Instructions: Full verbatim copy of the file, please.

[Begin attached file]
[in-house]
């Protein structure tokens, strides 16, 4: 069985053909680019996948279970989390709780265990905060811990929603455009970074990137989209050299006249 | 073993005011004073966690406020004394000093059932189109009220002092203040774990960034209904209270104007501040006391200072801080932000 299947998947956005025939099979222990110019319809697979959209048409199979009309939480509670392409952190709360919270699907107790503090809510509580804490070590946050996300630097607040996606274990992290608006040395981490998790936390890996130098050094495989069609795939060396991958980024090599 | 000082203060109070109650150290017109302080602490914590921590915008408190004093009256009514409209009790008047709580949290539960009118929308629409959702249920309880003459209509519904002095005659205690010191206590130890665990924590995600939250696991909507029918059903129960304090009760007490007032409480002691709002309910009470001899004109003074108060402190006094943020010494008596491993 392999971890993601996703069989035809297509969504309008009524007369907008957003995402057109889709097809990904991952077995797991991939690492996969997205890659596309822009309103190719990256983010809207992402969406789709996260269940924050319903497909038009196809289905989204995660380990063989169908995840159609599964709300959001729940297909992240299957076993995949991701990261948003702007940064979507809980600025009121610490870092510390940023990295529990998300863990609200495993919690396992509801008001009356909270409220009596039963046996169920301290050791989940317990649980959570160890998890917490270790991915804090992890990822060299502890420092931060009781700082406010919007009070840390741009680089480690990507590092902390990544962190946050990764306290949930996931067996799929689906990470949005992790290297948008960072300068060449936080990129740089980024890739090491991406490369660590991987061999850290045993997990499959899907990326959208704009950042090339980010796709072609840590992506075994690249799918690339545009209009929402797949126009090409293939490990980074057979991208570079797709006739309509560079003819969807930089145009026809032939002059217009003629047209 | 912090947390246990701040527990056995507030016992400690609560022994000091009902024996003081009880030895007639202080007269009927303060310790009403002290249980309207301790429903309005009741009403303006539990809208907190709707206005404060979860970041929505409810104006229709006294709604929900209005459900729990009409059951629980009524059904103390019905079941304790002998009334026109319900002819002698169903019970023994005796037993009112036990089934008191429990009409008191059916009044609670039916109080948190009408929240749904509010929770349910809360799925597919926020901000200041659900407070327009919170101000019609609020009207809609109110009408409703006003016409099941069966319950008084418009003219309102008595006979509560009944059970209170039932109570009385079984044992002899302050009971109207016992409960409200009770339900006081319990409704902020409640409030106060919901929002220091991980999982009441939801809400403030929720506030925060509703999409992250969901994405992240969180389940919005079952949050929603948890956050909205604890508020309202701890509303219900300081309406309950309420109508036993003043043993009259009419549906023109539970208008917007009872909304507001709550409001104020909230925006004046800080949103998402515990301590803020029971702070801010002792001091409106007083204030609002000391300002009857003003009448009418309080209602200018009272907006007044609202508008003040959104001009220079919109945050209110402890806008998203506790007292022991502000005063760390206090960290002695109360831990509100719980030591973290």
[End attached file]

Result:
[in-house]
């Protein structure tokens, strides 16, 4: 069985053909680019996948279970989390709780265990905060811990929603455009970074990137989209050299006249 | 073993005011004073966690406020004394000093059932189109009220002092203040774990960034209904209270104007501040006391200072801080932000 299947998947956005025939099979222990110019319809697979959209048409199979009309939480509670392409952190709360919270699907107790503090809510509580804490070590946050996300630097607040996606274990992290608006040395981490998790936390890996130098050094495989069609795939060396991958980024090599 | 000082203060109070109650150290017109302080602490914590921590915008408190004093009256009514409209009790008047709580949290539960009118929308629409959702249920309880003459209509519904002095005659205690010191206590130890665990924590995600939250696991909507029918059903129960304090009760007490007032409480002691709002309910009470001899004109003074108060402190006094943020010494008596491993 392999971890993601996703069989035809297509969504309008009524007369907008957003995402057109889709097809990904991952077995797991991939690492996969997205890659596309822009309103190719990256983010809207992402969406789709996260269940924050319903497909038009196809289905989204995660380990063989169908995840159609599964709300959001729940297909992240299957076993995949991701990261948003702007940064979507809980600025009121610490870092510390940023990295529990998300863990609200495993919690396992509801008001009356909270409220009596039963046996169920301290050791989940317990649980959570160890998890917490270790991915804090992890990822060299502890420092931060009781700082406010919007009070840390741009680089480690990507590092902390990544962190946050990764306290949930996931067996799929689906990470949005992790290297948008960072300068060449936080990129740089980024890739090491991406490369660590991987061999850290045993997990499959899907990326959208704009950042090339980010796709072609840590992506075994690249799918690339545009209009929402797949126009090409293939490990980074057979991208570079797709006739309509560079003819969807930089145009026809032939002059217009003629047209 | 912090947390246990701040527990056995507030016992400690609560022994000091009902024996003081009880030895007639202080007269009927303060310790009403002290249980309207301790429903309005009741009403303006539990809208907190709707206005404060979860970041929505409810104006229709006294709604929900209005459900729990009409059951629980009524059904103390019905079941304790002998009334026109319900002819002698169903019970023994005796037993009112036990089934008191429990009409008191059916009044609670039916109080948190009408929240749904509010929770349910809360799925597919926020901000200041659900407070327009919170101000019609609020009207809609109110009408409703006003016409099941069966319950008084418009003219309102008595006979509560009944059970209170039932109570009385079984044992002899302050009971109207016992409960409200009770339900006081319990409704902020409640409030106060919901929002220091991980999982009441939801809400403030929720506030925060509703999409992250969901994405992240969180389940919005079952949050929603948890956050909205604890508020309202701890509303219900300081309406309950309420109508036993003043043993009259009419549906023109539970208008917007009872909304507001709550409001104020909230925006004046800080949103998402515990301590803020029971702070801010002792001091409106007083204030609002000391300002009857003003009448009418309080209602200018009272907006007044609202508008003040959104001009220079919109945050209110402890806008998203506790007292022991502000005063760390206090960290002695109360831990509100719980030591973290």